Again, the highest number of rejections occured in December 2020, with another peak in December 2021, where 223 applications were rejected.

 

Why were applications rejected?

When The Local contacted the Migration Agency for more information on why applications were rejected, press officer Frederik Abbemo was unable to give us exact information on the number of cases rejected for each possible reason.

However, he was able to give us a rough idea of the most common reasons for rejection.

"The most common reasons applications were rejected were incomplete applications, late applications, applications where the applicant did not fulfil the requirement for residence status, and applications listed as 'reason unknown', where we cannot see in the statistics why the application has been categorised that way," he said.

What about people who appealed their applications?

According to Abbemo, around 450 of the 2,155 rejected applications were appealed to the Migration Court (Migrationsdomstolen). Of these 450 appeals, "around 20" were overturned, with the applicants being granted residence status.

It is not clear how many of those who appealed, if any, are yet to receive a verdict.

What has happened to the Brits who had their applications rejected?

It's difficult to know exactly what has happened in each individual case, but we can draw some conclusions based on other data.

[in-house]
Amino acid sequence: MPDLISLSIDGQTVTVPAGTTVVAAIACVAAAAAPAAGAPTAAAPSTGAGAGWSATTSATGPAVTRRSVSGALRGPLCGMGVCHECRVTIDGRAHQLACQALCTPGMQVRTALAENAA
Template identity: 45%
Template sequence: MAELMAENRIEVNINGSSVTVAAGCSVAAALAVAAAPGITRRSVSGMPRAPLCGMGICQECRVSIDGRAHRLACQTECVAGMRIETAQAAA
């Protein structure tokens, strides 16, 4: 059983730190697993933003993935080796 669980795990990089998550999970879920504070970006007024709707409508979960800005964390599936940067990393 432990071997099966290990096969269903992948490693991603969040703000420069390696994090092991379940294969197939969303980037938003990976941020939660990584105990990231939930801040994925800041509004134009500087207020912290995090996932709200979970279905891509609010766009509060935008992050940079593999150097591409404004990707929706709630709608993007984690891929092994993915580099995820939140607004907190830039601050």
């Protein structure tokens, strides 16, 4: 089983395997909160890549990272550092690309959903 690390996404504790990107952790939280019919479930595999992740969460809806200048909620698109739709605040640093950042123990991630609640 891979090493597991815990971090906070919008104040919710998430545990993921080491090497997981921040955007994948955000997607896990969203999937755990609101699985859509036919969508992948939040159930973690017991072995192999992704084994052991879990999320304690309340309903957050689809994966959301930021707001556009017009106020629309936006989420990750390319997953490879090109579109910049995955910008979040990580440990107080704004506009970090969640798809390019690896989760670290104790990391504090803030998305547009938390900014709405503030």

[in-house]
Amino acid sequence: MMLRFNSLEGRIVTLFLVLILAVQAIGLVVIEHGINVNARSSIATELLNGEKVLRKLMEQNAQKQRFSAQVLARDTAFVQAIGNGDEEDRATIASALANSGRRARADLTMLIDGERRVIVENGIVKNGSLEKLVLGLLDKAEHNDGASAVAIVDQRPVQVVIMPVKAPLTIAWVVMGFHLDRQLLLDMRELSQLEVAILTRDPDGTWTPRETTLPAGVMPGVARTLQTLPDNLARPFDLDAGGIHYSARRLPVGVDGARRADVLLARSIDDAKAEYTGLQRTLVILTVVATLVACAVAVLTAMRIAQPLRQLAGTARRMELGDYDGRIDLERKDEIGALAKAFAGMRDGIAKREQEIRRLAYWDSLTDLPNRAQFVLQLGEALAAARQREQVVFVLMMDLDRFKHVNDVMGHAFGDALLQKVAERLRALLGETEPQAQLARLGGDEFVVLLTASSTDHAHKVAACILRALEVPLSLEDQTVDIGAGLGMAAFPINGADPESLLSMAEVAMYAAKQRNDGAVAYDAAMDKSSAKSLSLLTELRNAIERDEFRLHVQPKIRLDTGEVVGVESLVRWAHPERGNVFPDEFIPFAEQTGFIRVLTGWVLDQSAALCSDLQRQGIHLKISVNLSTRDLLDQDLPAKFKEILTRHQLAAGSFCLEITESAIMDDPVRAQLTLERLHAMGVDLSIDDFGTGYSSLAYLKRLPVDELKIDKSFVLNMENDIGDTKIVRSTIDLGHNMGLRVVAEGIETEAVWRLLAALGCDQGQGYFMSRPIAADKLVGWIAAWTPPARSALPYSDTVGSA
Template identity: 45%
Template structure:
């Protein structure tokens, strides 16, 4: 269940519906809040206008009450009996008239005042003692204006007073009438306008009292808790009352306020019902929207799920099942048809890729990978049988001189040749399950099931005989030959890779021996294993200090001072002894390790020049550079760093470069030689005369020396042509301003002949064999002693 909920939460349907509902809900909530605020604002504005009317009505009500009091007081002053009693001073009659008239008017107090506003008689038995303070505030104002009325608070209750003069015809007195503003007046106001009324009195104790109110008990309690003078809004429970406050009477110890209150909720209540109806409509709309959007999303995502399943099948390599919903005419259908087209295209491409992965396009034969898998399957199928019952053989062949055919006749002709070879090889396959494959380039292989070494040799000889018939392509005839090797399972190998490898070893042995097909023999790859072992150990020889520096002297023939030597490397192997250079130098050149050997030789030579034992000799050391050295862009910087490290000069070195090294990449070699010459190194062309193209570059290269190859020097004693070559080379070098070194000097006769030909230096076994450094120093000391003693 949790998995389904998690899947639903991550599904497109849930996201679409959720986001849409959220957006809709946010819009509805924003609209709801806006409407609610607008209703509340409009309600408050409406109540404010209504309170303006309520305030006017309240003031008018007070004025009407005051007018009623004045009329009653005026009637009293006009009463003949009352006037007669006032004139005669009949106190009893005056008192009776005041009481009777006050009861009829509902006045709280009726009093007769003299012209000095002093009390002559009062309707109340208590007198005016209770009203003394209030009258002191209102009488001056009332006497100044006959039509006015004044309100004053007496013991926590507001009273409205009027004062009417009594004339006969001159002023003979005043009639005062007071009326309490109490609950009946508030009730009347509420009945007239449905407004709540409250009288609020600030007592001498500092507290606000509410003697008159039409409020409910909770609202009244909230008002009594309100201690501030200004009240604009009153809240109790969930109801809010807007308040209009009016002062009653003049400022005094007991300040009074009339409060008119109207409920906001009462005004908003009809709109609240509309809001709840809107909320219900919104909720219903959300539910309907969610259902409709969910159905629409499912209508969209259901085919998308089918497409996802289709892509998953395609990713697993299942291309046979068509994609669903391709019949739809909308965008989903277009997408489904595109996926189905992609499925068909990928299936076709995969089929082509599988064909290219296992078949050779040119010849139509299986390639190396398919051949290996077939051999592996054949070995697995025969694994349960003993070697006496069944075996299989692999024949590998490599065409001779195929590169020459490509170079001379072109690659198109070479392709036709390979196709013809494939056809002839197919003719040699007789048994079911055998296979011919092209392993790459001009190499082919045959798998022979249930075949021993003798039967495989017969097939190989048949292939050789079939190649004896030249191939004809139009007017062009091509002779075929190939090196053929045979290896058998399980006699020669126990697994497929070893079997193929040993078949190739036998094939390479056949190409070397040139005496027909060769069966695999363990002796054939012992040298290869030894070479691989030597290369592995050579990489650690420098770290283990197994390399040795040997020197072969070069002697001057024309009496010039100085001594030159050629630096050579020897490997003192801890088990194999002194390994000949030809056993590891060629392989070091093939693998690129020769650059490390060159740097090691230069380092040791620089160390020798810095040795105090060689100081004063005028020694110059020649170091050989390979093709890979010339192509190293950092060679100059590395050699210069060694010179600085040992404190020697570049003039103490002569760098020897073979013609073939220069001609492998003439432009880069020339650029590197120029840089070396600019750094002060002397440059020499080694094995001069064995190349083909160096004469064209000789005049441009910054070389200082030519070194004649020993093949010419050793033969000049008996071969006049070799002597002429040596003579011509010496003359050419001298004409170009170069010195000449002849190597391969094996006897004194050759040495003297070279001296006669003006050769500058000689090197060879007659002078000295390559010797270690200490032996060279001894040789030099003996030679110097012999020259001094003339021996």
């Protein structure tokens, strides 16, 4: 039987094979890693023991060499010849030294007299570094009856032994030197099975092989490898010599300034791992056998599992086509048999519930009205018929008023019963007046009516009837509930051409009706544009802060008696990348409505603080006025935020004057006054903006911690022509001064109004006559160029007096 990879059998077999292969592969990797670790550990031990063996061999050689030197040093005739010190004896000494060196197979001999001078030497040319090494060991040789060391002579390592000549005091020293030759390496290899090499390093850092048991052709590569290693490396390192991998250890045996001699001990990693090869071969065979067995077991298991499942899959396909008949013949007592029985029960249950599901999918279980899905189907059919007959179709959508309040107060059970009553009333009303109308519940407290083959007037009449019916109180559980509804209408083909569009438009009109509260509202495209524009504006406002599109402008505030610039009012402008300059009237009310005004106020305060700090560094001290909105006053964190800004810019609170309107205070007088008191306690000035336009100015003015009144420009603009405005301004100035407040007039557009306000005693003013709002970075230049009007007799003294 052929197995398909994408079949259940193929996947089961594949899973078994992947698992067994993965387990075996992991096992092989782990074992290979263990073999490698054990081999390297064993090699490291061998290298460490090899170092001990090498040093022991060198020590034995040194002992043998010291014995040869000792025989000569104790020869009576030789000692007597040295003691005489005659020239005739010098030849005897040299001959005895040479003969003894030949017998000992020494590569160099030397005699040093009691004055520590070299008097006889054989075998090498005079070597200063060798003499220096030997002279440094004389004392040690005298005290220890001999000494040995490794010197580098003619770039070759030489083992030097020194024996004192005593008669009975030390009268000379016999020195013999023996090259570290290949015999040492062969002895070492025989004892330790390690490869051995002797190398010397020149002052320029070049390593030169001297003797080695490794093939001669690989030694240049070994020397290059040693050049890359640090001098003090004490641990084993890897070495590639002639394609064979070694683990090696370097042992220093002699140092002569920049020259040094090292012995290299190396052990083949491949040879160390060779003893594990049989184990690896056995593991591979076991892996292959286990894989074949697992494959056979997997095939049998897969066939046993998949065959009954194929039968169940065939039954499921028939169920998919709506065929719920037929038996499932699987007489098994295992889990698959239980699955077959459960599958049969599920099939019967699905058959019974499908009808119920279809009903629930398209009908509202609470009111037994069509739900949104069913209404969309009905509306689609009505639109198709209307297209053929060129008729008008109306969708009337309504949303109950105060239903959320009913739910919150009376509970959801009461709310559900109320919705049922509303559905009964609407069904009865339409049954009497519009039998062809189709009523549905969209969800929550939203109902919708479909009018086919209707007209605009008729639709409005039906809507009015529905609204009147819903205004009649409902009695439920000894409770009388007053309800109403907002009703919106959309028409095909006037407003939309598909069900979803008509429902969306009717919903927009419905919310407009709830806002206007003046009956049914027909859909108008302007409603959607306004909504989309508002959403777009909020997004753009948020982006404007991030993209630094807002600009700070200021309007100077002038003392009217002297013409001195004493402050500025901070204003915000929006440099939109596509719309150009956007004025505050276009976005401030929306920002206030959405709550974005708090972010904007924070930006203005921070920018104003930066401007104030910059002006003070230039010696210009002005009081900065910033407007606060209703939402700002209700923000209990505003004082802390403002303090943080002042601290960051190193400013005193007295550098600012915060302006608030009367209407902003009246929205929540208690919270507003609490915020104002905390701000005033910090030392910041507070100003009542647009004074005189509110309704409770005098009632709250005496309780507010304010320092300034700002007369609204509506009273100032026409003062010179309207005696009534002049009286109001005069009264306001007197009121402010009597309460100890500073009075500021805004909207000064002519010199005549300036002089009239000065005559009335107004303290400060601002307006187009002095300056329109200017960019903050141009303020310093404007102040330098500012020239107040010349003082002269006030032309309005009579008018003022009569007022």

For example, new figures from Eurostat earlier this month showed that Sweden has ordered 1,050 Brits to leave the country following Brexit - more than any other EU country. This number includes Brits refused entry at the Swedish border, Brits found to be illegally present in Sweden, and Brits ordered to leave for other reasons.

The Eurostat figures cover a slightly different time period than the figures from the Migration Agency above, stretching from January 2021 to September 2022.

If we focus on Migration Agency figures for the same period, January 2021 to September 2022, a total of 1,857 people had their applications for residence status rejected in this time period. This suggests that at least 800 Brits who did not receive residence status were able to stay in Sweden in other ways.

One way of staying in Sweden legally despite not being granted residence status could be by holding a valid residence permit (uppehållstillstånd) under different rules (such as due to being in a relationship with a Swede or applying for a work permit), or by holding Swedish citizenship, which also gives you the right to live in Sweden.

Could the EU figures include people who never applied in the first place?

Yes. The Eurostat figures also include Brits living in Sweden illegally who never applied for post-Brexit residence status, who receive an order to leave when detected by the Swedish authorities.

Many are indeed unaware of the fact that they should have applied and that their stay in Sweden is illegal, and have simply not realised that their permanent right of residence under EU law (permanent uppehållsrätt) ceased to be valid when the UK left the EU.

A number of people in this category are detected when they leave the country and re-enter (like what happened to Brit Stuart Philpott in this article), and others only discover they are living here illegally when they receive an order to leave from the Migration Agency.